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Duisburg: Where green parks have replaced heavy industry

Situated at the confluence of the Rhine and Ruhr Rivers, Duisburg built its fortune on steel and coal. Now its residents have reclaimed their home town and enjoy green parks, spacious meadows and a bit of nostalgia. An ideal place to study and get to know German history and culture.

by Bastian Rothe

The industrial facilities and equipment of times past look like monstrous sculptures in the Landscape Park. © Sebastian Rothe
The industrial facilities and equipment of times past look like monstrous sculptures in the Landscape Park. . © Sebastian Rothe

Facts & Figures

Inhabitants:
488,468
Students:
42,145
Universities:
1
Monthly rent:
280 to 470 euros (for a room in a flat share)
Tip:
Take a walk down Weseler Strasse - Germany’s bridal fashion capital.
Website:
www.duisburg.de (in German only)

Welcome to Duisburg

When you arrive in Duisburg by train and exit the main station, the first thing you see is a treeless, desolate square – and sometimes a blustery wind blows into your face. But don’t let that change your mind about staying, because Duisburg is worth it.

This is where the Rhine and Ruhr Rivers converge, and its beauty is not immediately obvious to the casual observer. Which makes it all the more interesting to discover what the city has to offer. Only a few minutes away from the main train station, you’ll find the Inner Harbour – the "place to be" in Duisburg. The old storehouses around the harbour basin have been modernised and new buildings have been added in recent years. Alongside offices and shops, one now finds restaurants and bars where Duisburg’s residents enjoy warm summer evenings on the outdoor terraces.

Duisburg redesigned its Inner Harbour with attention to detail. © Sebastian Rothe
Duisburg redesigned its Inner Harbour with attention to detail. . © Sebastian Rothe

We recommend taking a walk through the North Duisburg Landscape Park in the summer time: This former industrial complex with its blast furnaces, factory halls and gigantic machines has been reclaimed and transformed into a green park. Every evening the old machines and towers are illuminated in different colours, creating a magical atmosphere.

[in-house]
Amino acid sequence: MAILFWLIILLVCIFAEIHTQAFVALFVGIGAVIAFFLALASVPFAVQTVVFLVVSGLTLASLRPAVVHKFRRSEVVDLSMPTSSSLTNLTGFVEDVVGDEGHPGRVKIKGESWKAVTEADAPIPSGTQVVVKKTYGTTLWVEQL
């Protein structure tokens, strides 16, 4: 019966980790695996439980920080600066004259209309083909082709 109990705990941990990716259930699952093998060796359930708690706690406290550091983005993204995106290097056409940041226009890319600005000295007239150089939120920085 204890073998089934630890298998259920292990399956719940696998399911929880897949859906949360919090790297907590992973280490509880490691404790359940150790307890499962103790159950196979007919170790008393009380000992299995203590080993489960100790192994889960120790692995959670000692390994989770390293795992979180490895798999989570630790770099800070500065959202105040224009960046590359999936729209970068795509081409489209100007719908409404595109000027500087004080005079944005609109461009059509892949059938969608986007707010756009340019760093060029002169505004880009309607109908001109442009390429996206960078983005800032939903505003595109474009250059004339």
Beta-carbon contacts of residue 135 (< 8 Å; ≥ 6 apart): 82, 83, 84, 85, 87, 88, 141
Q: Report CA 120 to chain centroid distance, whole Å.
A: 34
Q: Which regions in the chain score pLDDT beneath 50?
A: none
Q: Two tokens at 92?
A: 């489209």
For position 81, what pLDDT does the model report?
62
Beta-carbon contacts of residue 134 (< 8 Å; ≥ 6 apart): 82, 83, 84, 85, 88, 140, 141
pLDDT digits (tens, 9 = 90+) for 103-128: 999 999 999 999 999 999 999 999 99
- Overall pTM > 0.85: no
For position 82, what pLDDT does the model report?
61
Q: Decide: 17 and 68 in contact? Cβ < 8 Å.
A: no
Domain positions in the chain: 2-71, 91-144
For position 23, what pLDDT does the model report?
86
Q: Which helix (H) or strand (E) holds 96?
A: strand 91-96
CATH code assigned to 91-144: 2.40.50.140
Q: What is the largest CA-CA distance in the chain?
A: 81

As you explore the city, you’ll occasionally discover places that still bear witness to the city’s industrial past. Duisburg was once an important steel and coal mining town. Home to Europe’s largest inner harbour, Duisburg exported products to every corner of the world. But after the so-called "steel crisis" in the 1970s, the demand for Duisburg steel sank and numerous steel mills and smelting plants were forced to shut down. As a result, many people lost their jobs.

New apartment buildings have been built around the Inner Harbour. © Sebastian Rothe
New apartment buildings have been built around the Inner Harbour. . © Sebastian Rothe

Life in Duisburg

For a long time the city struggled to rebound from the collapse of its industry, but in recent years it has reinvented itself. Many people are dedicated to promoting the city and using the newly acquired spaces for art and cultural projects.

My tip

Pay a visit to Weseler Strasse! In recent years, this street has become Germany’s bridal fashion centre. Here you’ll find one bridal boutique after another, along with jewelry stores and outfitters. Even if you don’t want to buy anything, it’s always fun to watch the hustle and bustle! The selection is so large that even soon-to-married couples from the Netherlands, Belgium and France come here to shop.

Compared to Essen or Düsseldorf, you'll find beautiful and large flats at an affordable price in Duisburg. And its location couldn’t be better: Situated in the centre of North Rhine-Westphalia, you can quickly reach Dusseldorf, Cologne, Essen and the Netherlands.